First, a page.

Dào 道 (’course’, ’way’) and Dé德 (’inner power’, ’integrity’) are the two main concepts in classical Chinese philosophy. Surprisingly, there is no explicit use of the Chinese character dào 道 in the first chapter of the daoist classic of Zhuāng-Zǐ (the chapter that is widely considered to be the oldest part of the book). There are definitely other key concepts and ideas closely connected to dào, but the particular character is absent. Dé 德 is found only twice, which means that it also does not get the attention it has in the latter part of the text.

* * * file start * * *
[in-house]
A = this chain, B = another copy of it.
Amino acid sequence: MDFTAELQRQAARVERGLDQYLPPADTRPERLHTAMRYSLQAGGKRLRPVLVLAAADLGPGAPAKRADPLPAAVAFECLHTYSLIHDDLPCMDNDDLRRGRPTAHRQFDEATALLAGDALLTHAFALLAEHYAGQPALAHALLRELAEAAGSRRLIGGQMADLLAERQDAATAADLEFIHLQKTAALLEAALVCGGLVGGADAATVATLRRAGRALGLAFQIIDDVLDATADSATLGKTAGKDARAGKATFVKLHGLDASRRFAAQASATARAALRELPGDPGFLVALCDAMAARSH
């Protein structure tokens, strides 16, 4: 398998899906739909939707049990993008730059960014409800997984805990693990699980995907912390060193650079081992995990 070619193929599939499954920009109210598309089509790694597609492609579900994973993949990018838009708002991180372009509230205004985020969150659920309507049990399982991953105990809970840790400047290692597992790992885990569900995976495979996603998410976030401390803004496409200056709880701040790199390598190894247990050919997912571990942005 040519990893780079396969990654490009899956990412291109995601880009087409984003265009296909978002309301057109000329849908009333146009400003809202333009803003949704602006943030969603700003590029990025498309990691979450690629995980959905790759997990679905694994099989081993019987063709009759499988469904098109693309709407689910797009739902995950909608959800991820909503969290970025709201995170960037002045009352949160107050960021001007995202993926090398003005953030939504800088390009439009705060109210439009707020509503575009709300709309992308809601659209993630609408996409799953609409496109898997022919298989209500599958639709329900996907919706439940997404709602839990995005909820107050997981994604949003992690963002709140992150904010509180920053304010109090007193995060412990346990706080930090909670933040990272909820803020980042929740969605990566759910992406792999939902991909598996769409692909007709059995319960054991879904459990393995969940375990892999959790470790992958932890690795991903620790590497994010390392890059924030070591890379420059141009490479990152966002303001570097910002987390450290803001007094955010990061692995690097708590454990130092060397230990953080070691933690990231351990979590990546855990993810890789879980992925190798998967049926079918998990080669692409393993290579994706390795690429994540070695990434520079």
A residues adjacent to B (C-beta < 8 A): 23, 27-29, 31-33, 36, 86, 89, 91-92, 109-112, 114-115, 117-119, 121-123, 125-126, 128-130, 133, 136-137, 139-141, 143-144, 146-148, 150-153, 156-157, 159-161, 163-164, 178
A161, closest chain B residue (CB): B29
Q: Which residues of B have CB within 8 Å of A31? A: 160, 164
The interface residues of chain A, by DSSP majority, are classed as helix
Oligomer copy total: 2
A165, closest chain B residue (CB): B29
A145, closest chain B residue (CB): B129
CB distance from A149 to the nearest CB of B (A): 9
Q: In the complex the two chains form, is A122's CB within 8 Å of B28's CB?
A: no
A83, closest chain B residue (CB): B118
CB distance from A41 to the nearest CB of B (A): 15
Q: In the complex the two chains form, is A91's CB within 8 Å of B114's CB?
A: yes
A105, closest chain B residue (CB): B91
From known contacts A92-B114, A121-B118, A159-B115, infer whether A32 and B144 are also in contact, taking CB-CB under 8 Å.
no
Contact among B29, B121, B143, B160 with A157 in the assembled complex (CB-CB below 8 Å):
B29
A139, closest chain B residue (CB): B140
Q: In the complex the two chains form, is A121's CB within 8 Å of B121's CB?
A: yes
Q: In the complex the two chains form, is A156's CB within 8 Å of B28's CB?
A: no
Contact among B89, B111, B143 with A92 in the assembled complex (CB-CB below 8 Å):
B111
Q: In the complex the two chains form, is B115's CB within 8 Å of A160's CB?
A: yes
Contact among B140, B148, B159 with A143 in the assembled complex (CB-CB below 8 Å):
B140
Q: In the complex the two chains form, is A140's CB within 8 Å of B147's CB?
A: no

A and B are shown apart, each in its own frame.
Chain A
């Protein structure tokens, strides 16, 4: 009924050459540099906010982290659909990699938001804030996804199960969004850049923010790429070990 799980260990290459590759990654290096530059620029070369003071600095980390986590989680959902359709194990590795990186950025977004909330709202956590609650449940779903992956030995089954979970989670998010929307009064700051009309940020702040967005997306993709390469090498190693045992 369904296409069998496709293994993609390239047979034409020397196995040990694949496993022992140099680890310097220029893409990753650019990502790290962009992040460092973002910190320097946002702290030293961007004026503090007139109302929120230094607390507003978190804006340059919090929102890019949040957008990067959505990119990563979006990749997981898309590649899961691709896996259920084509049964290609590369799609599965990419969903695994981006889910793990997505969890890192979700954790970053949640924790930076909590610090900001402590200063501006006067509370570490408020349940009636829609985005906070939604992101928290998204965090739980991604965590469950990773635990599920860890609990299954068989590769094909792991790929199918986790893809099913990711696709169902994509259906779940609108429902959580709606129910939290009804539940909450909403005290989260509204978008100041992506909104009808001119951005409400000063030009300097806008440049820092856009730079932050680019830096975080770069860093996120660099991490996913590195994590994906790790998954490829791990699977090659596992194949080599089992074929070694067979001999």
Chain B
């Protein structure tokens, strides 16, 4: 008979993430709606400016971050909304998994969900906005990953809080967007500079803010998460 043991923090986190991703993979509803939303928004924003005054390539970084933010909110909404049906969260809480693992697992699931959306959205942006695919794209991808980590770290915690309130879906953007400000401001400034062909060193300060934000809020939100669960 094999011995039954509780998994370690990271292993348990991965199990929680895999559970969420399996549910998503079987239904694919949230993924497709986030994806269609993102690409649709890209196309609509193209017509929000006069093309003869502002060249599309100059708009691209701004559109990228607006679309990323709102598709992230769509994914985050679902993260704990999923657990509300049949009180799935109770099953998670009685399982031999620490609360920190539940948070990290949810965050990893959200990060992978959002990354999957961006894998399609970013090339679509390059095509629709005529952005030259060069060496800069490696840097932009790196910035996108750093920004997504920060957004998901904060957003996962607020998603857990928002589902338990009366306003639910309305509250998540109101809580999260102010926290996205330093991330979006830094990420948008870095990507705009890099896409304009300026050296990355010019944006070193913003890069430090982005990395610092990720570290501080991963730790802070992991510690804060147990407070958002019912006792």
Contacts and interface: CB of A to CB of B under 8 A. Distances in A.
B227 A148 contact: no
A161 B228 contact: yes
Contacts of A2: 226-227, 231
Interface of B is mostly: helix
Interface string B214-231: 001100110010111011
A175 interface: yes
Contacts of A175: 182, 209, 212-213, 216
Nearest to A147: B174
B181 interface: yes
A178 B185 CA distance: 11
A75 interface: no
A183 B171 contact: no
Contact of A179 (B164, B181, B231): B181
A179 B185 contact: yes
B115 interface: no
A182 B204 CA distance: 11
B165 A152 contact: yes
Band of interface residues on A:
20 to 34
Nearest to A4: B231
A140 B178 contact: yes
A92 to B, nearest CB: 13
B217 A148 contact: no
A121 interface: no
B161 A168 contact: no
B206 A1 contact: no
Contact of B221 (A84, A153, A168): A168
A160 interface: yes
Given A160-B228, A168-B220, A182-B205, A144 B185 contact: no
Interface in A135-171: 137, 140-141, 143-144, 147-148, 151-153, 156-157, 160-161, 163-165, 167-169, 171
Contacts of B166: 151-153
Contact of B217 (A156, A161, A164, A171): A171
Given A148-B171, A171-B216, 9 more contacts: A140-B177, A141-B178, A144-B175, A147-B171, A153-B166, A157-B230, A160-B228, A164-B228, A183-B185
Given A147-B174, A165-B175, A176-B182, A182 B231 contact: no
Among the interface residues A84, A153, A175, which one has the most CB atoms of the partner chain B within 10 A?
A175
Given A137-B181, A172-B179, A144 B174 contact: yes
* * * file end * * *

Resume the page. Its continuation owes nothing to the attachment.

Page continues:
This paper focuses on how dào and dé are represented in the opening chapter, and more generally, asks questions like what could be the principal idea behind this chapter and what is its relation with other inner chapters of Zhuāng-Zǐ.